Head coach Stuart Lancaster couldn’t wait to get him into the England XV and once he got him in wasn’t keen to change. Billy won his first eight Test caps consecutively before missing  the Wales match at Twickenham last March through an ankle ligament injury. His influence was shown as he was the top ball-carrier on either side in both of England’s first two Six Nations matches this year. He made 17 carries against France at Stade de France and 16 against Scotland at Murrayfield the following week before reaching the landmark of 10 caps in a year when playing twice against New Zealand in June.

His first Test start came in November 2013, after injury robbed him of a cap in the Six Nations before and to his great pride it came alongside his brother. The presence of the Vunipolas and the Youngs – Ben and Tom – in that match was the first instance in 114 years of two pairs of brothers playing in the same England game. The only previous time it happened was when the Stout brothers – Percy and Frank – and the Davidsons – Jos and Jas – featured in the 5-0 defeat by Scotland in 1899.

Billy now plays for Saracens, joining his brother at Allianz Park after admitting he had trouble facing him in a club match while he was at London Wasps.

Recalling the time he came up against Mako on the pitch in the English Premiership, Billy says: ‘We had to tackle each other a few times, of course, and that wasn’t great for either of us. We both had to be professional and get our heads down but it was a difficult day.

‘That’s one of the reasons I came to Saracens. I didn’t want to go through that again and I know my parents didn’t. Mako was keen for me to join him, too, so it seemed like a good idea all round. You never know what’s around the corner but it’s our hope we’ll always play for the same team from now on. So far it’s worked out well.’

It certainly has worked out well as Billy started this season with a bang, making an impressive 17 carries as Saracens leapt out of the blocks, winning their opening match against Wasps.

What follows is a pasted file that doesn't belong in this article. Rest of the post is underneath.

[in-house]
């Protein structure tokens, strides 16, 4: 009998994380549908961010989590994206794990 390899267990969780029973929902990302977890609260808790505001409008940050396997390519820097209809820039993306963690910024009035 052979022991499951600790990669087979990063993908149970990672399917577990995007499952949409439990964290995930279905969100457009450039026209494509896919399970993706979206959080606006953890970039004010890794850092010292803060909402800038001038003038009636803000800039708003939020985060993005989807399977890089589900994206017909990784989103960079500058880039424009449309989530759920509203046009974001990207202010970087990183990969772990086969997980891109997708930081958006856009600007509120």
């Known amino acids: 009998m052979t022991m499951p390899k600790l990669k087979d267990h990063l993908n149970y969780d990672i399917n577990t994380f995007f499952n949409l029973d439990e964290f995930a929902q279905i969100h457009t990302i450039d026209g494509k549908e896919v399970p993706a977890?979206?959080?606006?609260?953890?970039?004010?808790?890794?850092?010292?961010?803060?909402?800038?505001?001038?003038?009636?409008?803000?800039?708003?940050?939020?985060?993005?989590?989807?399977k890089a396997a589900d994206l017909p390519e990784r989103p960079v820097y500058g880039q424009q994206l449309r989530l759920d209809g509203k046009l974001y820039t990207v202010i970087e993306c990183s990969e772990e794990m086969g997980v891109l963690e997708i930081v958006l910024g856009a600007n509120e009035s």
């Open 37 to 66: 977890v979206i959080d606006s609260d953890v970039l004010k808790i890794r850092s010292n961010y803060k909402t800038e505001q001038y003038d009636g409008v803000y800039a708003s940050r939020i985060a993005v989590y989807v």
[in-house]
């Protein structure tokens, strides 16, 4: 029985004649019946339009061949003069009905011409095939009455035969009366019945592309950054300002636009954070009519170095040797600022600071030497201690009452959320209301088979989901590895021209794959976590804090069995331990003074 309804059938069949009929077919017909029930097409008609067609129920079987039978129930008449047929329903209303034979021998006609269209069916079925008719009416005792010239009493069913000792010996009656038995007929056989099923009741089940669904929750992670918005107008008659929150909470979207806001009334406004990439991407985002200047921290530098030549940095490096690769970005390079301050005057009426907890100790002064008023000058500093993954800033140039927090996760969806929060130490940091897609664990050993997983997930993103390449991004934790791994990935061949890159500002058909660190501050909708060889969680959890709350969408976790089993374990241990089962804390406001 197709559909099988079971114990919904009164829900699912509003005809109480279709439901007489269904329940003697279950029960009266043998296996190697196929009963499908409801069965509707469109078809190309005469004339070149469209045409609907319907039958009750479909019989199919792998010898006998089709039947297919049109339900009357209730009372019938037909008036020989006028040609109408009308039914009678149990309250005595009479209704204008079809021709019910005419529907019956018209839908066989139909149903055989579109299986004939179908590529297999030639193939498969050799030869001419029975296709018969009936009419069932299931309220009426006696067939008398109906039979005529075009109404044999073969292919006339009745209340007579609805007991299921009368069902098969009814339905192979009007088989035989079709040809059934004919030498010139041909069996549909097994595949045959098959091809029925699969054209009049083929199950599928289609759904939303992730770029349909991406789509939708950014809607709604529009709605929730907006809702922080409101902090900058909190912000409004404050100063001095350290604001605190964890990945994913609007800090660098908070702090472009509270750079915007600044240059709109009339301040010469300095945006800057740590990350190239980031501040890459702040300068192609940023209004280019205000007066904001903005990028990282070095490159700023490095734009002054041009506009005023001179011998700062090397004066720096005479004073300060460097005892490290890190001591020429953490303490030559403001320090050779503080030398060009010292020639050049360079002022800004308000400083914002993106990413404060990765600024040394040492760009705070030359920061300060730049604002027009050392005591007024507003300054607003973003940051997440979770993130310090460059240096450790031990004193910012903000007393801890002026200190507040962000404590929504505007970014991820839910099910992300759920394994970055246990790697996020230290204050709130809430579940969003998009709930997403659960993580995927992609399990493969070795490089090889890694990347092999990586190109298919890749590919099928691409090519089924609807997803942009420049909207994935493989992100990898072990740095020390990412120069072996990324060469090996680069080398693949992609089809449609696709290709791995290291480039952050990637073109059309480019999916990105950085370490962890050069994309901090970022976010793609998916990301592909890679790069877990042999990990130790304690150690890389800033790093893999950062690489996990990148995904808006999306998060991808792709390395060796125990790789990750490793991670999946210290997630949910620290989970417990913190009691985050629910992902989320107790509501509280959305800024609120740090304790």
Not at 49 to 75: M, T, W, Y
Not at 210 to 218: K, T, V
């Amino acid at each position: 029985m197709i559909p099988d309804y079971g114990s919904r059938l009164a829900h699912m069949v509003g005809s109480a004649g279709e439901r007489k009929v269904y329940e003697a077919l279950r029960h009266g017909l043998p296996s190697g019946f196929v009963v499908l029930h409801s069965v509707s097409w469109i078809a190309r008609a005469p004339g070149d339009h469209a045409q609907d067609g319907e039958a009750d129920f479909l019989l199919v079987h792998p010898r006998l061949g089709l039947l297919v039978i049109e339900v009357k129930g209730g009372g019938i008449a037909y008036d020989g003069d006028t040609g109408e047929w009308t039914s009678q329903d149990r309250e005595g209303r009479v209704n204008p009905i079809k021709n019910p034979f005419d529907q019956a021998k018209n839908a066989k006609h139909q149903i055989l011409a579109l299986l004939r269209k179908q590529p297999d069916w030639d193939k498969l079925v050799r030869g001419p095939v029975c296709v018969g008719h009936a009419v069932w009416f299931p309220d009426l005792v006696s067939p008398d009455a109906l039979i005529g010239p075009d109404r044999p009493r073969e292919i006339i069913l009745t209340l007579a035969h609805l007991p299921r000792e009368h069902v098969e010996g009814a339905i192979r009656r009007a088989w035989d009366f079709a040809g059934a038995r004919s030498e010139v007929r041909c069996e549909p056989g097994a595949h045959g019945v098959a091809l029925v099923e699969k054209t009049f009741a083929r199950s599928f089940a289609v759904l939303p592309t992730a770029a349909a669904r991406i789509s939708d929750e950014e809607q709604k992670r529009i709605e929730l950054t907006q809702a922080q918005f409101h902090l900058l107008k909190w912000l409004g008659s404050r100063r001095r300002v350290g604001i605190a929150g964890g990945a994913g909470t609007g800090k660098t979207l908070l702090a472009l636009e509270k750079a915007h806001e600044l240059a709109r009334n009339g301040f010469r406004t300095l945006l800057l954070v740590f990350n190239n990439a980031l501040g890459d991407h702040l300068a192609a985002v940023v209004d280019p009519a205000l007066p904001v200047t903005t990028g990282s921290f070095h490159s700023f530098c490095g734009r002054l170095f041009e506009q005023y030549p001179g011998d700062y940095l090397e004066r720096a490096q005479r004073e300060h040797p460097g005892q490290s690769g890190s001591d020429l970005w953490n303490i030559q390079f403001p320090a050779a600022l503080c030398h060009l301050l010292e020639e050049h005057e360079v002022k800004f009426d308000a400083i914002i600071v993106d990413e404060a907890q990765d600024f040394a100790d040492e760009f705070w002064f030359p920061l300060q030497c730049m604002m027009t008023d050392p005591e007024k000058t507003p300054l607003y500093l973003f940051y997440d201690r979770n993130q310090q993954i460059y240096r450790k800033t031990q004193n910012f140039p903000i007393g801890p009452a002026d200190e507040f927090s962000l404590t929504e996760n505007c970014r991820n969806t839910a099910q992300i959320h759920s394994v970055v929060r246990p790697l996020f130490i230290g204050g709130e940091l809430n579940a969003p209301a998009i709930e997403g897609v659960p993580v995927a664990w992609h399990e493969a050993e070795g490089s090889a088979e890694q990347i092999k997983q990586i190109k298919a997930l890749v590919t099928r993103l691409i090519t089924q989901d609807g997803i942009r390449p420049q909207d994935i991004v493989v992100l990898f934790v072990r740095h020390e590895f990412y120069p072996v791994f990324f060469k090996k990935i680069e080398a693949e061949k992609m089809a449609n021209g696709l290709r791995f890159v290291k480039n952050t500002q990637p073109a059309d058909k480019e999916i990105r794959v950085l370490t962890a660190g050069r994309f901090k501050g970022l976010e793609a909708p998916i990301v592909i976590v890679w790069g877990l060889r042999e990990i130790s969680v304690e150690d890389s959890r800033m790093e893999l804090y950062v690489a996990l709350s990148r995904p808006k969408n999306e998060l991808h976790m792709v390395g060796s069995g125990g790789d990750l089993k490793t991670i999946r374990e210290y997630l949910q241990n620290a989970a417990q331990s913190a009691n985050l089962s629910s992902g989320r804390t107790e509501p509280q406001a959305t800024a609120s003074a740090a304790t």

‘I realise teams will try to close down my space and I have to lift my game,’ says Billy, who may be without his brother until November after a knee injury ruled him out. And the good news for Saracens and England is that Billy is not content with just a direct and powerful running game, and is trying to take his game to a new level as the World Cup approaches.

‘I am trying to keep the defence guessing. Obviously, carrying the ball is still a big part of my game, so mixing it up is important,’ he says. ‘Offloading to support players is about building up partnerships and when Mako is in the team, he instinctively knows what I am trying to achieve and it’s my job to get that across to other players.

‘[All Blacks No 8] Kieran Read also does it [offloading] to good effect and that is what I’m trying to achieve. One of my main attributes is giving the team a platform by getting over the gainline.’

Should Billy do that this season and in the World Cup there may be a few more Welshmen regretting his teenage decision.

– This article first appeared in the November 2014 issue of SA Rugby magazine

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Simon Borchardt